Members of the transport group decided on Thursday during coalition talks between Chancellor Merkel’s conservatives and the Social Democrats (SPD) to abolish air passenger duty, which applies to departures from German airports, the Bild newspaper reported.
But the final decision on whether or not the duty is scrapped will fall to party leaders and depend on the SPD and Merkel’s conservative bloc forming a coalition government. Negotiations are still ongoing.
The tax was introduced in Germany two years ago but the parties believe that it is costing the country more money than it brings in as passengers are put off flying from German airports by the high cost of travel.
If the duty is abolished, ticket prices would be reduced by €7.50 on short-haul journeys, €23.43 on medium-haul and slashed on long-haul flights by €42.18, the Bild said. --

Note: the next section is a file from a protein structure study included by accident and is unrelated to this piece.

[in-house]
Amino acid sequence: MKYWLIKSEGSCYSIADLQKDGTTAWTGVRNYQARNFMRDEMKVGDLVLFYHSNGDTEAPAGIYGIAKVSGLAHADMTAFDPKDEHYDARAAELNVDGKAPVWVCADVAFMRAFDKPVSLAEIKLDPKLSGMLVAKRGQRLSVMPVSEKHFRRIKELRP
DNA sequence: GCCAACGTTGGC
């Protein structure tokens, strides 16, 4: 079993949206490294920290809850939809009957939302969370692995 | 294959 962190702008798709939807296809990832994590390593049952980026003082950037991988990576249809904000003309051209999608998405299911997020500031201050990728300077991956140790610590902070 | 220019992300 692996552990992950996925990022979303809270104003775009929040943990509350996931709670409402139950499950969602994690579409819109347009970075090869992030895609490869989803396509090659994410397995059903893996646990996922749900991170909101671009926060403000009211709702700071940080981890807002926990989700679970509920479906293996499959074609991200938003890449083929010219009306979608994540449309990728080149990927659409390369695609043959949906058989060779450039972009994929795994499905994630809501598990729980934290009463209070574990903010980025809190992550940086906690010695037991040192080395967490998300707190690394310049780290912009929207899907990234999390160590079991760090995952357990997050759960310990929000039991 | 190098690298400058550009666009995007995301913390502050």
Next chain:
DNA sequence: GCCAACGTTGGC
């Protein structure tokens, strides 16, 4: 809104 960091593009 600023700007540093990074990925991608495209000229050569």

The tax was also seen as an important move by environmental groups to make flying more expensive.
When the German parliament took the decision to introduce the tax in November 2010, a statement from Bund, Germany’s branch of Friends of the Earth, called it “one of the few measures for more climate protection in the transport industry.”